Feds to pump $140m into rest areas, infrastructure

<b><font color=red>BUDGET</font></b>: Government will extend multi-million dollar heavy vehicle rest area program for another seven years

By Brad Gardner | May 9, 2012

The Federal Government has committed to building and upgrading rest areas across the nation as part of a multi-million dollar package that will also target vital road infrastructure projects.

Treasurer Wayne Swan has set aside $140 million over seven years to continue the Heavy Vehicle Safety and Productivity Program, which started in the 2009 financial year.

The existing tranche of funding expires on June 30 this year, but the Federal Budget handed down yesterday has allocated another $10 million for 2012-13.

The Government will spend $30 million in 2013-14, with a commitment to invest $20 million annually between 2014-15 and 2018-19.

"The program funds projects aimed at improving safety and productivity for the heavy vehicle industry and other road users, such as technology trials addressing speed and fatigue; construction of rest stops and parking on highways; and upgrades to freight routes," budget papers say.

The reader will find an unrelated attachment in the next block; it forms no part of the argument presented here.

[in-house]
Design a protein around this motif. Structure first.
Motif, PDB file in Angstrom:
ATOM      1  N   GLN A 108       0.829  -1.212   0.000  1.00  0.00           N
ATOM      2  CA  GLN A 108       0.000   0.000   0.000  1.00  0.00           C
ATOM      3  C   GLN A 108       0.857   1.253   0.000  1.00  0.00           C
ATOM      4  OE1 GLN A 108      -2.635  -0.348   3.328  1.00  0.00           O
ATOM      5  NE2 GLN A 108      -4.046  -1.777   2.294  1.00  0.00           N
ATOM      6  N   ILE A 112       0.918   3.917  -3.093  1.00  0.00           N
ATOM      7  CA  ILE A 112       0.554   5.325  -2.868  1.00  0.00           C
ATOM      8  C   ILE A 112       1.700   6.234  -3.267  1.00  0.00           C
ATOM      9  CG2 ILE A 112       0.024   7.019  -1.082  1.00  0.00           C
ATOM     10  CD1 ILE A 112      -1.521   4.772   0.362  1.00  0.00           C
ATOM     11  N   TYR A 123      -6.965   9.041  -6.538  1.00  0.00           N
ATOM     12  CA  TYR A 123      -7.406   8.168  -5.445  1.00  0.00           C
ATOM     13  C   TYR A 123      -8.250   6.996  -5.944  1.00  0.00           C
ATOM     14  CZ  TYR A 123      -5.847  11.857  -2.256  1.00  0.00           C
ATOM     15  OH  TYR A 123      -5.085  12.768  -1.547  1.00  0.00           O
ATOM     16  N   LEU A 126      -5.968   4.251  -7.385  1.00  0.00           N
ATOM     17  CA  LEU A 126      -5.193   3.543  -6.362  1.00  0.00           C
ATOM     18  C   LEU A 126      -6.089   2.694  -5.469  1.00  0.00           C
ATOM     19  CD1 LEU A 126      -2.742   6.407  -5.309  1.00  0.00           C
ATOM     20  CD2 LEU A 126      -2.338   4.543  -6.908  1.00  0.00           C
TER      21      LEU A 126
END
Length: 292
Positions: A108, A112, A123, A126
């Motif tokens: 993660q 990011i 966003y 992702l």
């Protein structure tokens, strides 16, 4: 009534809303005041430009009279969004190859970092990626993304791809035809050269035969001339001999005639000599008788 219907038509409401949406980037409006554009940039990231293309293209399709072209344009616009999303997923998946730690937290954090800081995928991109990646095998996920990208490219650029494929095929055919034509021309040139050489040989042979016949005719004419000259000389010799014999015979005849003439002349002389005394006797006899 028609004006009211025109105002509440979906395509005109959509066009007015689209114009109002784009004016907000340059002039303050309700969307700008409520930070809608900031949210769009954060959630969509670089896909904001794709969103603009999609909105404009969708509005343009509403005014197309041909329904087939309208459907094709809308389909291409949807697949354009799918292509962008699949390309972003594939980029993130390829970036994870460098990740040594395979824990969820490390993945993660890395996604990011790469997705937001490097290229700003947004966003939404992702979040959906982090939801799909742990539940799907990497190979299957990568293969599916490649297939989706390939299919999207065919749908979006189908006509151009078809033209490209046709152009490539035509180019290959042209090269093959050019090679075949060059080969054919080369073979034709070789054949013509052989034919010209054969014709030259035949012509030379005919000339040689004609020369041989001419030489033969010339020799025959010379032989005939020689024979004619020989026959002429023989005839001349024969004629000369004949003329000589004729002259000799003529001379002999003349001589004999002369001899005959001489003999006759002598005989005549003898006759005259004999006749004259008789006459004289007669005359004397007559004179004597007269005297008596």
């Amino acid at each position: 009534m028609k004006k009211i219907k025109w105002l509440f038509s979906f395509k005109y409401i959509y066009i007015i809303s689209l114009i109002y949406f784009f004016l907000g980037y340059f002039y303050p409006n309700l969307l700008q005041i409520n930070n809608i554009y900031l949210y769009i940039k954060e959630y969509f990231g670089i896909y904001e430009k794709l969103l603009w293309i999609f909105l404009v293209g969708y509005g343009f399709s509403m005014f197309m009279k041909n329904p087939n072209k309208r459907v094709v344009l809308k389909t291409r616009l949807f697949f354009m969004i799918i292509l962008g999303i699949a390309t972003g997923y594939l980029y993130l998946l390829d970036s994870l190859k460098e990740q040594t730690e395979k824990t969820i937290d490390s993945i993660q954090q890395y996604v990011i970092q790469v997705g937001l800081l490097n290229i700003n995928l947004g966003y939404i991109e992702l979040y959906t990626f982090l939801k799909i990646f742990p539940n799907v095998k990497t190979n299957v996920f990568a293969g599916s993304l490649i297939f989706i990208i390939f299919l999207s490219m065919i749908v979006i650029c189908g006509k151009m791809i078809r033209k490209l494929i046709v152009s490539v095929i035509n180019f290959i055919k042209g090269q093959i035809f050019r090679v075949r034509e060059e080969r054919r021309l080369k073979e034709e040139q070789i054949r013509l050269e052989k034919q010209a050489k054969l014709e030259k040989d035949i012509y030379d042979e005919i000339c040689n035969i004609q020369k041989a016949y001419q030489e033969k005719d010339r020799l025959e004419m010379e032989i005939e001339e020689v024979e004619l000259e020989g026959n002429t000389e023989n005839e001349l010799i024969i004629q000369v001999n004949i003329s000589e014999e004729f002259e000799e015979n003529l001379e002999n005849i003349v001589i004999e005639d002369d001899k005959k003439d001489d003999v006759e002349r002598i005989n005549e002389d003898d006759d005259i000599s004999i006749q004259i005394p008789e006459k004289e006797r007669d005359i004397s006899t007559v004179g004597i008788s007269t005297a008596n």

Peak industry bodies have welcomed the commitment, with Australian Trucking Association (ATA) Chairman David Simon saying more rest areas are needed.

"The government has built or upgraded more than 70 rest areas under its existing funding program, which expires in June, but there is still a long way to go," he says.

Simon hopes funds will also go to bridge upgrades to cater for B-doubles and B-triples, reducing the number of trucks needed on the road and increasing productivity in the process.

The Australian Livestock and Rural Transporters Association (LRTA) says the investment in strengthening road bridges will deliver strong gains for rural operators.

"Over coming years, this commitment of a steady flow of targeted funding will improve freight efficiency in rural and regional Australia and that will improve the international competitiveness of farm exports," ALRTA President John Beer says.

"Importantly, the government has confirmed to the ALRTA that it has decided to make this a permanent road funding program. It will continue forever, and gradually we’ll see the roadblocks in rural and regional areas being lifted."

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